• For those identified after irreversible consequences, assist in management, particularly with low vision aids, hearing aids or cochlear implants, developmental and educational interventions.


Information & Support

Related Portal Content
Biotinidase Deficiency
Assessment and management information for the primary care clinician caring for the child with biotinidase deficiency.
Biotinidase Deficiency (FAQ)
Answers to questions families often have about caring for their child with biotinidase deficiency.
Holocarboxylase/Multiple Carboxylase Deficiency
Immediate clinical response for this related newborn condition.
Developmental Screening
Screening guidelines and tools.
Intellectual Disability & Global Developmental Delay
Assessment and management information for the primary care clinician caring for the child with global developmental delay or intellectual disability.
Intellectual Disability and Global Developmental Delay (FAQ)
Answers to questions families often have about caring for their child with global developmental delay or intellectual disability.
Hearing Screening
Screening guidelines and tools.

For Professionals

Biotinidase Deficiency (GeneReviews)
Detailed information addressing clinical characteristics, diagnosis/testing, management, genetic counseling, and molecular pathogenesis; from the University of Washington and the National Library of Medicine.

Resources for Biotinidase Deficiency (Disease InfoSearch)
Compilation of information, articles, and links to support.

For Parents and Patients

Biotinidase Deficiency (MedlinePlus)
Information for families that includes description, frequency, causes, inheritance, other names, and additional resources; from the National Library of Medicine.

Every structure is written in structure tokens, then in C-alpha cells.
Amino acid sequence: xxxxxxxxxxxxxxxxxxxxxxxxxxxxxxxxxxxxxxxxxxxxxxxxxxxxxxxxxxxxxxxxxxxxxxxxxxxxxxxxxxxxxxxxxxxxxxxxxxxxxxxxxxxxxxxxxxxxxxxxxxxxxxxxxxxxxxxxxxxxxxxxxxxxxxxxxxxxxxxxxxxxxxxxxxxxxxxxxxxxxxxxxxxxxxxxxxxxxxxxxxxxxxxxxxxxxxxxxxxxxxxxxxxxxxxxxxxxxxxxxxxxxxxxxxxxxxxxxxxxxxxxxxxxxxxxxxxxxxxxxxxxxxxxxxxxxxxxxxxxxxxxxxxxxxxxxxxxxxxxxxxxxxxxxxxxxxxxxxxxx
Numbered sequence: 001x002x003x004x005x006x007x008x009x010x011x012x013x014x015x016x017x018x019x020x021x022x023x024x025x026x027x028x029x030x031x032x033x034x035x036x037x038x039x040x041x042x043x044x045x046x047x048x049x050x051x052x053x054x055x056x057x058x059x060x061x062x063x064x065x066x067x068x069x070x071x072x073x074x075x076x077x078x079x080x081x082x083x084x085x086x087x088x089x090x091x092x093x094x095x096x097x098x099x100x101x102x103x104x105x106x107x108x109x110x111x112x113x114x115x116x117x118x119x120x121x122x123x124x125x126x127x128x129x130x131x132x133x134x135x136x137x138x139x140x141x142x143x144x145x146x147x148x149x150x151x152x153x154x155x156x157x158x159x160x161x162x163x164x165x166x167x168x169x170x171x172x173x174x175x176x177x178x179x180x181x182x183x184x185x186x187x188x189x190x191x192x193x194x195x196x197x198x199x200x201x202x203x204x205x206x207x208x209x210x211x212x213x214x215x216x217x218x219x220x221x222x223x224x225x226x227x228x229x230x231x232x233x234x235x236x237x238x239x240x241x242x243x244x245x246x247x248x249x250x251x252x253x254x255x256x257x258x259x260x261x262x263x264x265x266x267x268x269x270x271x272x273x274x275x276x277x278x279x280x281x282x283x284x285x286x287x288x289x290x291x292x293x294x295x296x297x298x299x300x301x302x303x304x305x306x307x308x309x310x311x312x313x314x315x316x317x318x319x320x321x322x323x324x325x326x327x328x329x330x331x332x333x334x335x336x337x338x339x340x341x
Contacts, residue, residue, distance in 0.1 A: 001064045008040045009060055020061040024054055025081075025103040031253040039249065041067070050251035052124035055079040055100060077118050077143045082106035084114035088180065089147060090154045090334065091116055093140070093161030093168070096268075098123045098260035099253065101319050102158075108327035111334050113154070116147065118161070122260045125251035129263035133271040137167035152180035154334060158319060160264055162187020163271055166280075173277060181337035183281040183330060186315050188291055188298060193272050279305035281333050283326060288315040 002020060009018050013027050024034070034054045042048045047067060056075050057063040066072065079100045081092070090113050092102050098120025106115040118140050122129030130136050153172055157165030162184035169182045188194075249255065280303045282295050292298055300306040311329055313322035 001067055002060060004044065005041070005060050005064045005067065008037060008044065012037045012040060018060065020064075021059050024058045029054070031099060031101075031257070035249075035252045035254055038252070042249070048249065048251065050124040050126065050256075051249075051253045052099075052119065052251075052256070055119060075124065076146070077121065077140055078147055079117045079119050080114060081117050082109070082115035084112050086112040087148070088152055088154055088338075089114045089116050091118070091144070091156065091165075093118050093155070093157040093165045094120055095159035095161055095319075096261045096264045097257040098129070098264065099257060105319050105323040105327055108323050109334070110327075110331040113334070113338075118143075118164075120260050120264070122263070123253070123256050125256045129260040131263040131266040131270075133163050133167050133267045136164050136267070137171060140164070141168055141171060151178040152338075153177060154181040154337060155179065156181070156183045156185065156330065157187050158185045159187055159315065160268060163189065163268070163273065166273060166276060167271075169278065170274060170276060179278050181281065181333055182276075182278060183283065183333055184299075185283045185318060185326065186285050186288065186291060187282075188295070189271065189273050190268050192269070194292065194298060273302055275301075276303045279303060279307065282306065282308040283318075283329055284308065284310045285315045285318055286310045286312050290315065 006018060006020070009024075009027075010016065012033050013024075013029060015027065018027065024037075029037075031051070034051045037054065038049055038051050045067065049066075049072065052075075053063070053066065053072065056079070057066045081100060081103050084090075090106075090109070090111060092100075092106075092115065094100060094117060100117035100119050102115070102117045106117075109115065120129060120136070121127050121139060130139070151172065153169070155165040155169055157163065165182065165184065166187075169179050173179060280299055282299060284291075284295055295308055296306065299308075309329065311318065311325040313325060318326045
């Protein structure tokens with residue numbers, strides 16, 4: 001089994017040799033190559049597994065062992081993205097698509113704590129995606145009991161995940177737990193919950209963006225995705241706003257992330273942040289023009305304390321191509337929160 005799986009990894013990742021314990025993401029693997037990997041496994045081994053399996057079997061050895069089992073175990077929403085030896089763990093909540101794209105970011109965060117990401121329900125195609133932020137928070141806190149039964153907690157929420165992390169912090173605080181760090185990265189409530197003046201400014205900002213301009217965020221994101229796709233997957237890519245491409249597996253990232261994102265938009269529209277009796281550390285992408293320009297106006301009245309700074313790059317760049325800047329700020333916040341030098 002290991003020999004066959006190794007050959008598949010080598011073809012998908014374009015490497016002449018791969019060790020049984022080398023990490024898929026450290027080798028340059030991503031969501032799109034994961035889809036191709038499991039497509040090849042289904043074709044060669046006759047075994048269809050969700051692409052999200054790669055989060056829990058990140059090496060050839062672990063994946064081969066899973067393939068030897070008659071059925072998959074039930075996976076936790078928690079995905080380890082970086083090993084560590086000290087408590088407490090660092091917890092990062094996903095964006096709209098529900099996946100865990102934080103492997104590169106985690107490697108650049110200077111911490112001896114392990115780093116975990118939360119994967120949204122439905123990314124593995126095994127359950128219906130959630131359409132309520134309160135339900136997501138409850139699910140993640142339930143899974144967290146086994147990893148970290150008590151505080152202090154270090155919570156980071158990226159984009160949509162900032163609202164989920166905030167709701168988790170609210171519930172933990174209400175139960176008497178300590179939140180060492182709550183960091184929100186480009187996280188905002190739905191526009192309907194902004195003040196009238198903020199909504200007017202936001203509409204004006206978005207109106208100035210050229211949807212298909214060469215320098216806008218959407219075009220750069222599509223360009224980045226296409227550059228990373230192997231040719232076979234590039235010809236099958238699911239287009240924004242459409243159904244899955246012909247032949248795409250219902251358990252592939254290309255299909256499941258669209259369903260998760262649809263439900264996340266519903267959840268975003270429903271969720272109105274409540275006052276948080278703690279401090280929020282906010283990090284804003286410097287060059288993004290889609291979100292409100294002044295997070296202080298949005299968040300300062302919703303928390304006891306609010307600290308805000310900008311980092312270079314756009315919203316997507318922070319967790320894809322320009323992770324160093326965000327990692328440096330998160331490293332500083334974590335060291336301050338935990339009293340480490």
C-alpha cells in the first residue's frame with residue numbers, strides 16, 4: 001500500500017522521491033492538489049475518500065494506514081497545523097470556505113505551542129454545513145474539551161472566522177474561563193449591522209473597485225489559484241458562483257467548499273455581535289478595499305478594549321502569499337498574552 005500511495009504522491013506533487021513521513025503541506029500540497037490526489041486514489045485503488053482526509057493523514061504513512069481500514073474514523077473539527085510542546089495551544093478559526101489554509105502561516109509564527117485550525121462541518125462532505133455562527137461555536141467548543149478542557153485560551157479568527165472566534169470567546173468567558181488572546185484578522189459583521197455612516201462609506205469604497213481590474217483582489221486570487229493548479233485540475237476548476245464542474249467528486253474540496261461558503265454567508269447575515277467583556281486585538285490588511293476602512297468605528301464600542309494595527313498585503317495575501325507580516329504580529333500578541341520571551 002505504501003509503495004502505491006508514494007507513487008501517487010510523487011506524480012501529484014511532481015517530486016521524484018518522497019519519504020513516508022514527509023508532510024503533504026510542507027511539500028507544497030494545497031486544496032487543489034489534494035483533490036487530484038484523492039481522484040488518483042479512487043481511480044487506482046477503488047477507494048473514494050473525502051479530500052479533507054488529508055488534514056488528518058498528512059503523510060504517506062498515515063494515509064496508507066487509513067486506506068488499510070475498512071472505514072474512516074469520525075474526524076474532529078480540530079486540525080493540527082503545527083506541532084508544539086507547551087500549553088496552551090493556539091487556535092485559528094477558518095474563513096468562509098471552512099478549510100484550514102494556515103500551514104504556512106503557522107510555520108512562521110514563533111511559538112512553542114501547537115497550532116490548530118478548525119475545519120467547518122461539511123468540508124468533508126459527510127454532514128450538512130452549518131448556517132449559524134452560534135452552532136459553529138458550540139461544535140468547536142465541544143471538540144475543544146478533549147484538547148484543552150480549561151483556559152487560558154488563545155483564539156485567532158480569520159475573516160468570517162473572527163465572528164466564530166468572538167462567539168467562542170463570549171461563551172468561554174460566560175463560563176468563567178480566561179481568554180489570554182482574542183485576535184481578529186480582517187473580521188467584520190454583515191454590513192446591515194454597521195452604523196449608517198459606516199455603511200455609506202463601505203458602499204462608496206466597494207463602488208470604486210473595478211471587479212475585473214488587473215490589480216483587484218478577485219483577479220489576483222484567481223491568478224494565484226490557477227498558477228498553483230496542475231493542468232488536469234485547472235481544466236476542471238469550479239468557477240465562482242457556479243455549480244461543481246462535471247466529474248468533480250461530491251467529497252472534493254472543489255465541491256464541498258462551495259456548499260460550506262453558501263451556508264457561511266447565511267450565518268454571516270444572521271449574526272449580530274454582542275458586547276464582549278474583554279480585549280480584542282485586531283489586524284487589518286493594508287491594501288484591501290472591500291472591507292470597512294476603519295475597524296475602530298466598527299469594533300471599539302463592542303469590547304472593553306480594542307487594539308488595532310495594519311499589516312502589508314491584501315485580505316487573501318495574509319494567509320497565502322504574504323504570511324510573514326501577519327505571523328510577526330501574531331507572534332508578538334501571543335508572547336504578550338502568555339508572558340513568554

Baby's First Test (Genetic Alliance)
Clearinghouse for local, state, and national newborn screening education, programs, policies, and resources. Also, provides many ways for people to connect and share their viewpoints and questions about newborn screening, supported by the U.S. Department of Health and Human Services.


ACT Sheet for Absent/Reduced Biotinidase Activity (ACMG) (PDF Document 400 KB)
Contains short-term recommendations for clinical follow-up of the newborn who has screened positive; American College of Medical Genetics.

Confirmatory Algorithm for Biotinidase Deficiency (ACMG) (PDF Document 224 KB)
An algorithm of the basic steps involved in determining the final diagnosis of an infant with a positive newborn screen; American College of Medical Genetics.

Services for Patients & Families in Ohio (OH)

For services not listed above, browse our Services categories or search our database.

* number of provider listings may vary by how states categorize services, whether providers are listed by organization or individual, how services are organized in the state, and other factors; Nationwide (NW) providers are generally limited to web-based services, provider locator services, and organizations that serve children from across the nation.

Helpful Articles

PubMed search on biotinidase deficiency and neonatal screening, last 8 years.

Wolf B.
Clinical issues and frequent questions about biotinidase deficiency.
Mol Genet Metab. 2010;100(1):6-13. PubMed abstract

Authors & Reviewers

Initial publication: March 2007; last update/revision: May 2023
Current Authors and Reviewers:
Author: Brian J. Shayota, MD, MPH
Reviewer: Nancy C. Rose, MD
Authoring history
2023: update: Brian J. Shayota, MD, MPHA
2015: update: Kimberly Hart, MS, LCGCA
2012: update: Kimberly Hart, MS, LCGCA
2007: first version: Nicola Longo, MD, Ph.D.A
AAuthor; CAContributing Author; SASenior Author; RReviewer

Page Bibliography

Wolf B.
Clinical issues and frequent questions about biotinidase deficiency.
Mol Genet Metab. 2010;100(1):6-13. PubMed abstract